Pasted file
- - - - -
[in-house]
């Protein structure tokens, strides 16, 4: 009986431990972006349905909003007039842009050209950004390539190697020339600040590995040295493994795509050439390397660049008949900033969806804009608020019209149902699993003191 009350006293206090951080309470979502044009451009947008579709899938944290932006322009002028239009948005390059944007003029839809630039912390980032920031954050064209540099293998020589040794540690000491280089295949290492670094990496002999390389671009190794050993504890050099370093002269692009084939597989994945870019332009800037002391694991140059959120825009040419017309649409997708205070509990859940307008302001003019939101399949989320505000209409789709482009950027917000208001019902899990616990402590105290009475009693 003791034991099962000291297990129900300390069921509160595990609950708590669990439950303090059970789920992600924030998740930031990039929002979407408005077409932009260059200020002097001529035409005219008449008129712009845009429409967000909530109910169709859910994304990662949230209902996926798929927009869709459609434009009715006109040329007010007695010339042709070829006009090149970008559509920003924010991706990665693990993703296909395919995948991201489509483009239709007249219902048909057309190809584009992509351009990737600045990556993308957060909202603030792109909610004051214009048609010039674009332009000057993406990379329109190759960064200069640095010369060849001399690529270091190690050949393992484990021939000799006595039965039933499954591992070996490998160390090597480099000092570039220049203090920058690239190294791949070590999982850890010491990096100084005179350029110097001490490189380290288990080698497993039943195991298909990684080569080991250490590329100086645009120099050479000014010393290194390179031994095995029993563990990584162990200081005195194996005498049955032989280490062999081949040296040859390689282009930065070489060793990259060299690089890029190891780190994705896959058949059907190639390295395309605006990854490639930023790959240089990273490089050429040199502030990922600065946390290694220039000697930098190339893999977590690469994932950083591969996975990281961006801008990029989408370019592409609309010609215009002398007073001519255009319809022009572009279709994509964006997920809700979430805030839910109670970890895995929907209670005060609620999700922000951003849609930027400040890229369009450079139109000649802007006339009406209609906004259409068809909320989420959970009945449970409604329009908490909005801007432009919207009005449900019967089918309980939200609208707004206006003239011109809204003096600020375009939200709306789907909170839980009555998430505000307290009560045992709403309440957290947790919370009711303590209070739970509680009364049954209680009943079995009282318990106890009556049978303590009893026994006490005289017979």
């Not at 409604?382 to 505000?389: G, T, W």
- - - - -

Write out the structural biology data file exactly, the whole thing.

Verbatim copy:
[in-house]
């Protein structure tokens, strides 16, 4: 009986431990972006349905909003007039842009050209950004390539190697020339600040590995040295493994795509050439390397660049008949900033969806804009608020019209149902699993003191 009350006293206090951080309470979502044009451009947008579709899938944290932006322009002028239009948005390059944007003029839809630039912390980032920031954050064209540099293998020589040794540690000491280089295949290492670094990496002999390389671009190794050993504890050099370093002269692009084939597989994945870019332009800037002391694991140059959120825009040419017309649409997708205070509990859940307008302001003019939101399949989320505000209409789709482009950027917000208001019902899990616990402590105290009475009693 003791034991099962000291297990129900300390069921509160595990609950708590669990439950303090059970789920992600924030998740930031990039929002979407408005077409932009260059200020002097001529035409005219008449008129712009845009429409967000909530109910169709859910994304990662949230209902996926798929927009869709459609434009009715006109040329007010007695010339042709070829006009090149970008559509920003924010991706990665693990993703296909395919995948991201489509483009239709007249219902048909057309190809584009992509351009990737600045990556993308957060909202603030792109909610004051214009048609010039674009332009000057993406990379329109190759960064200069640095010369060849001399690529270091190690050949393992484990021939000799006595039965039933499954591992070996490998160390090597480099000092570039220049203090920058690239190294791949070590999982850890010491990096100084005179350029110097001490490189380290288990080698497993039943195991298909990684080569080991250490590329100086645009120099050479000014010393290194390179031994095995029993563990990584162990200081005195194996005498049955032989280490062999081949040296040859390689282009930065070489060793990259060299690089890029190891780190994705896959058949059907190639390295395309605006990854490639930023790959240089990273490089050429040199502030990922600065946390290694220039000697930098190339893999977590690469994932950083591969996975990281961006801008990029989408370019592409609309010609215009002398007073001519255009319809022009572009279709994509964006997920809700979430805030839910109670970890895995929907209670005060609620999700922000951003849609930027400040890229369009450079139109000649802007006339009406209609906004259409068809909320989420959970009945449970409604329009908490909005801007432009919207009005449900019967089918309980939200609208707004206006003239011109809204003096600020375009939200709306789907909170839980009555998430505000307290009560045992709403309440957290947790919370009711303590209070739970509680009364049954209680009943079995009282318990106890009556049978303590009893026994006490005289017979």
């Not at 409604?382 to 505000?389: G, T, W």